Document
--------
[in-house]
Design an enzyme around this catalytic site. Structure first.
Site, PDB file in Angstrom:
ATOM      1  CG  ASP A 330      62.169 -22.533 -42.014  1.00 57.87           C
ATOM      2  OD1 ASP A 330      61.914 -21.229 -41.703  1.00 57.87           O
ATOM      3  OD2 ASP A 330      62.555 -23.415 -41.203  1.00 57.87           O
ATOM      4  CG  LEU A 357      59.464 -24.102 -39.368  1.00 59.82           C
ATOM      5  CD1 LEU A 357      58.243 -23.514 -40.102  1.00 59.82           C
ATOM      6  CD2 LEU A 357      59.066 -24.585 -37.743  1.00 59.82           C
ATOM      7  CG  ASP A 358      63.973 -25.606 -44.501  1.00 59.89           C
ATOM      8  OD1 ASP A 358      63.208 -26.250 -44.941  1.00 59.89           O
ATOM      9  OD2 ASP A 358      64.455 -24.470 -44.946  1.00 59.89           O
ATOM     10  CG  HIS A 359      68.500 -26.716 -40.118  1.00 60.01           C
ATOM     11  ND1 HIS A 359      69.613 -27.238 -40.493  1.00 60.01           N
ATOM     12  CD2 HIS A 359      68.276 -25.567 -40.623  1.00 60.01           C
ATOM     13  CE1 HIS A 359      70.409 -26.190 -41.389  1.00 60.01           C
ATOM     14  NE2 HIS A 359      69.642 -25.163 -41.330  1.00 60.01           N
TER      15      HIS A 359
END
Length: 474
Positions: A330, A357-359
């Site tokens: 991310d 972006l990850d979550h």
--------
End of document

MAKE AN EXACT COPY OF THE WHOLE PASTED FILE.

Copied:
[in-house]
Design an enzyme around this catalytic site. Structure first.
Site, PDB file in Angstrom:
ATOM      1  CG  ASP A 330      62.169 -22.533 -42.014  1.00 57.87           C
ATOM      2  OD1 ASP A 330      61.914 -21.229 -41.703  1.00 57.87           O
ATOM      3  OD2 ASP A 330      62.555 -23.415 -41.203  1.00 57.87           O
ATOM      4  CG  LEU A 357      59.464 -24.102 -39.368  1.00 59.82           C
ATOM      5  CD1 LEU A 357      58.243 -23.514 -40.102  1.00 59.82           C
ATOM      6  CD2 LEU A 357      59.066 -24.585 -37.743  1.00 59.82           C
ATOM      7  CG  ASP A 358      63.973 -25.606 -44.501  1.00 59.89           C
ATOM      8  OD1 ASP A 358      63.208 -26.250 -44.941  1.00 59.89           O
ATOM      9  OD2 ASP A 358      64.455 -24.470 -44.946  1.00 59.89           O
ATOM     10  CG  HIS A 359      68.500 -26.716 -40.118  1.00 60.01           C
ATOM     11  ND1 HIS A 359      69.613 -27.238 -40.493  1.00 60.01           N
ATOM     12  CD2 HIS A 359      68.276 -25.567 -40.623  1.00 60.01           C
ATOM     13  CE1 HIS A 359      70.409 -26.190 -41.389  1.00 60.01           C
ATOM     14  NE2 HIS A 359      69.642 -25.163 -41.330  1.00 60.01           N
TER      15      HIS A 359
END
Length: 474
Positions: A330, A357-359
């Site tokens: 991310d 972006l990850d979550h």